Is Your Life on Autopilot?
Mindful Breaks are the secret to not missing the moment.
Posted Jul 11, 2015
Have you ever gotten in your car and arrived at a destination with little recollection of actually driving there? Offered your child only partial attention, thereby absorbing very little of what was actually said?
If so, you are not alone. These are common examples of your mind operating on autopilot — distracted, only partially aware, and with a chronic sense of missing the moment — all too familiar for most busy moms.
Mindfulness, essentially the opposite of autopilot, means deliberately bringing our attention to the present moment with kindness. It is a way of being in, and perceiving, the world. Rather than ruminating about the past (either recent or long ago) or imagining the future (worrying or what-iffing), mindfulness encourages us to be present for our lives, better able to cope with the difficulties while more readily savoring the good.
The beauty of mindfulness is that we can take what I call a Mindful Break anytime, anywhere. By recognizing that we are not completely present for this moment, we can gently pull ourselves out of autopilot. Like any practice, the more we remember to bring our attention to the moment, the easier it becomes.
Mindful Breaks are strategies acting as life lines for when the moments feel tough and life enhancers for the ordinary, beautiful moments we often miss when we are operating on autopilot. Used to infuse your life with more calm and energy, they offer a multitude of ways to step off the treadmill of busyness while remaining efficient and productive.
Be on the lookout for opportunities to take a Mindful Break throughout your day.
The following are two examples to get you started:
Waking with Gratitude
For years after becoming a mom, waking up in the morning, for me, would typically go something like this: Thought #1: What is that hideous noise? Thought #2: Damn. Alarm. Already? #3: I am so tired. I hate being tired. Never enough sleep… #4: Imagine how terrible it was going to feel slogging through my day in a sleepy haze.
These days, depending upon the circumstances, thoughts #1-3 may still arise. After all, as moms we certainly don’t always have control of our sleep. We also don’t have control over which thoughts show up, only what we choose to do with those thoughts. With mindfulness practice, I have now learned to notice those thoughts then choose, instead, to shift my focus and wake with gratitude, appreciating the positive tone it sets for the day.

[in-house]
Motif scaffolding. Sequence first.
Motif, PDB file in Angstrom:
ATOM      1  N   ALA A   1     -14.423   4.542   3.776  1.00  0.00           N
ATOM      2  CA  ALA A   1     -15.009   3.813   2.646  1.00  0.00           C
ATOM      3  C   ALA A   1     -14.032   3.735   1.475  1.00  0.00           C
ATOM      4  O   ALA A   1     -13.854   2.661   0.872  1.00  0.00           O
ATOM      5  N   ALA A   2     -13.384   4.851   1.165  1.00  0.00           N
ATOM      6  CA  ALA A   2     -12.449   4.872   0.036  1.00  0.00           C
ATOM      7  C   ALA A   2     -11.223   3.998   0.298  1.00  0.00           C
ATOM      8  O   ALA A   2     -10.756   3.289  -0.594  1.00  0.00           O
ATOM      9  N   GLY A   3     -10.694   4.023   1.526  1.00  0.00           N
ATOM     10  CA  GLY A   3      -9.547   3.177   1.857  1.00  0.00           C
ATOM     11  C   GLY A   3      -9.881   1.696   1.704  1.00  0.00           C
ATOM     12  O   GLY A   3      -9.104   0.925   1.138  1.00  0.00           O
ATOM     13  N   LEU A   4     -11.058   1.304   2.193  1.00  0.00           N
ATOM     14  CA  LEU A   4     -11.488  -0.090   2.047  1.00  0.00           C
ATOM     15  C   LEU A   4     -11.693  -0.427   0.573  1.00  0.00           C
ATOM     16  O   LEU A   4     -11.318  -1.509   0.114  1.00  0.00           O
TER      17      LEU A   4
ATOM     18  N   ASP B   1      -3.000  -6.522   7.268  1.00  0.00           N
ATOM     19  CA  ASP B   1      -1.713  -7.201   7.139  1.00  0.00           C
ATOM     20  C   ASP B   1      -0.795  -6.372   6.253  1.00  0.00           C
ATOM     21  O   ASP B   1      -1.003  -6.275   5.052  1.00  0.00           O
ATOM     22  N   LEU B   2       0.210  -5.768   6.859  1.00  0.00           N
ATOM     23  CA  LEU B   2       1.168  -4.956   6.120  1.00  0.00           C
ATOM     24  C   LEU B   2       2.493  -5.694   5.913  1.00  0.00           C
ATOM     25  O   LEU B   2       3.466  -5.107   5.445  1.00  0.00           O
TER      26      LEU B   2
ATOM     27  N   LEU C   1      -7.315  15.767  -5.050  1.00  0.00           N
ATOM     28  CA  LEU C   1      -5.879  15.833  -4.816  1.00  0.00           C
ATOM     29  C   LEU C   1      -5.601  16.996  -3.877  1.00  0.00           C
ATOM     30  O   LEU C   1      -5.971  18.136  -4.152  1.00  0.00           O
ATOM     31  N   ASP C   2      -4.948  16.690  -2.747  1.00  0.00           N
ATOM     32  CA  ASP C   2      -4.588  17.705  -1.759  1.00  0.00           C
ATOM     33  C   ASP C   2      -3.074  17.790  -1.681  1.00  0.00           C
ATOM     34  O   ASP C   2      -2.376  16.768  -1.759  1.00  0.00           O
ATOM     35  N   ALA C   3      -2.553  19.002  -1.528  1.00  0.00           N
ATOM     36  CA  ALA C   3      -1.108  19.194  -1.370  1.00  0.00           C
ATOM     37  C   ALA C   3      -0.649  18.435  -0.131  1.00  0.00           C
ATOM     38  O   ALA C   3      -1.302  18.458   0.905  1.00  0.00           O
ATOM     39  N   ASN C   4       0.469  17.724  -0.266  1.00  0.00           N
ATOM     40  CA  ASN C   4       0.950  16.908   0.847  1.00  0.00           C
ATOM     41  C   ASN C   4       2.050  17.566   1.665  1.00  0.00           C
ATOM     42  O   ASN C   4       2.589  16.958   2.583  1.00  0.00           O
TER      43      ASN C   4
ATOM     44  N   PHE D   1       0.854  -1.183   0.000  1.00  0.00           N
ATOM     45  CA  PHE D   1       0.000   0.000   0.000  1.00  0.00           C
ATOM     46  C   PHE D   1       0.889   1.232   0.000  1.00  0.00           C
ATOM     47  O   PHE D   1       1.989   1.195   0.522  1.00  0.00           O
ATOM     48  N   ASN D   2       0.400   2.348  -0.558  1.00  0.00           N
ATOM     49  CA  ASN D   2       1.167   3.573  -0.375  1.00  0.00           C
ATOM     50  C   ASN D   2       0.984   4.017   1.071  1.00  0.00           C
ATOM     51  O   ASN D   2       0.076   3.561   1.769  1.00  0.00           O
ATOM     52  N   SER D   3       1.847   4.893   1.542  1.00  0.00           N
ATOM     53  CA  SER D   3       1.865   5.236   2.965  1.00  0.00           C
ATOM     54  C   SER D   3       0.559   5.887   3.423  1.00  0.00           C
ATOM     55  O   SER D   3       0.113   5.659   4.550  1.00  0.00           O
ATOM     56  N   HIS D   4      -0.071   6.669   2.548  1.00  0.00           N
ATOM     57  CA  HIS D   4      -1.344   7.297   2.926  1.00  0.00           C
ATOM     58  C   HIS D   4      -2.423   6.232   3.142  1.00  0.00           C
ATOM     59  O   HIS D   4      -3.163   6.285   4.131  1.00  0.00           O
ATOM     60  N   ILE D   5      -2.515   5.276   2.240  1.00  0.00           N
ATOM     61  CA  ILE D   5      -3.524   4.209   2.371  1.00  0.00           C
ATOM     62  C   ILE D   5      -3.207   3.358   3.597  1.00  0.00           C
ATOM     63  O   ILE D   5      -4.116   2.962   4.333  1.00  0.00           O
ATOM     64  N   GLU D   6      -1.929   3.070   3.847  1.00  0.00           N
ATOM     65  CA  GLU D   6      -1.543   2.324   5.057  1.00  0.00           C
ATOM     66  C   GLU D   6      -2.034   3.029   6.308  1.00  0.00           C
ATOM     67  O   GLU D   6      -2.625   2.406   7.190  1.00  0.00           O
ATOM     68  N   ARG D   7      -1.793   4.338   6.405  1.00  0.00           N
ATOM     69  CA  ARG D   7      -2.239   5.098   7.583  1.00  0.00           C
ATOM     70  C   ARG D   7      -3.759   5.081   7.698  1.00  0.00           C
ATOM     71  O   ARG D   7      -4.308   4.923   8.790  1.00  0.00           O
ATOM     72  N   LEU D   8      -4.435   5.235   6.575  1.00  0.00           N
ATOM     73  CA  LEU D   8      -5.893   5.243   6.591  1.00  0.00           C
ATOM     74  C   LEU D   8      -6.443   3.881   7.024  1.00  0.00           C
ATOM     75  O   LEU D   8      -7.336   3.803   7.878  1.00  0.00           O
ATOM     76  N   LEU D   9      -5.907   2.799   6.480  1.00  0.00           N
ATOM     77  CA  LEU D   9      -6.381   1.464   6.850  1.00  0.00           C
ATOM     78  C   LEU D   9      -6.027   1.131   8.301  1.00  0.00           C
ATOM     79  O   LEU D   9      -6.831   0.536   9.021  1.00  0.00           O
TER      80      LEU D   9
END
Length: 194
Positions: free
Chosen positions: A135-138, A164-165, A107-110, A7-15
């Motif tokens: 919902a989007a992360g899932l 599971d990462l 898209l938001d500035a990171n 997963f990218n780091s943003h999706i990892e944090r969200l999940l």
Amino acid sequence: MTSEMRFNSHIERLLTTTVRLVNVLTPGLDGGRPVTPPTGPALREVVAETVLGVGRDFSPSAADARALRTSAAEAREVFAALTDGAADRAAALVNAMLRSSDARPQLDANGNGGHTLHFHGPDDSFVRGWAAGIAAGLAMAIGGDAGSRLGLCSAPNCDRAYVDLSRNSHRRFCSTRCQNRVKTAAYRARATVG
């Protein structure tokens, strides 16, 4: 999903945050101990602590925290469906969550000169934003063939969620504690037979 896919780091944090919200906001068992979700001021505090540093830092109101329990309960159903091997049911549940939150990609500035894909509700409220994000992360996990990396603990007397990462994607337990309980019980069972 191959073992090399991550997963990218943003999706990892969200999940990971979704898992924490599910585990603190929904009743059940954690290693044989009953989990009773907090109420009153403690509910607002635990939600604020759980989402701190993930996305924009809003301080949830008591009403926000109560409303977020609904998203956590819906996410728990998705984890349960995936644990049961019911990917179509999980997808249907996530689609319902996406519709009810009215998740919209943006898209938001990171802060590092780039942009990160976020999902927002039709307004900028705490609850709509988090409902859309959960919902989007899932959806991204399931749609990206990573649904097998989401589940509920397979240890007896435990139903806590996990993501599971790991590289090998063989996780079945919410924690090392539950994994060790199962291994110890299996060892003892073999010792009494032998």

The Mindful Break: As soon as you are conscious enough to realize you are awake(ish), pause and take a deep breath. (At first, this may not be until you have stumbled out of bed to attend to a child or poured your first cup of coffee. That’s fine, pause wherever you are. After practicing for a bit, you will catch yourself sooner, before you make your way out of bed.) Bring to mind those things for which you are grateful. Perhaps it is your health, your children, your partner, friends, coffee, birds singing, sun shining, or rain falling. Keep it simple and keep it positive.
3 Breath Hug
I learned this practice when my daughter was a preschooler and taught it to her with the intention of using it as a sweet way to calm her emotional outbursts. As is often the case with parenting, I mistakenly thought I was the wise one offering something for her benefit until she astutely reversed the plan, reminding me just how much I learn from her.
One particularly stressful evening I had retreated to the bathroom for a much-needed mommy time-out, closing my eyes and taking a number of deep breaths. Hearing a scuffling sound outside the door, I opened my eyes to see a folded piece of paper slid under the door. Unfolding it, my heart warmed with love as I read the message written in that adorable five-year-old scrawl: meet me in my room for a 3-breath hug.
The Mindful Break: Hugging your child, take three deliberate, synchronized, deep breaths together. Drop your shoulders, relaxing any muscles that feel tight. Let go and feel the tension melt away. Teach the hug to your kids and your partner. Little ones love it and teenagers secretly do, too. Use it as you say goodbye in the morning, when you recognize someone could use a calming hug, or just for the love of it. You never know when they will surprise you and offer a much-needed 3-Breath Hug to dear old Mom.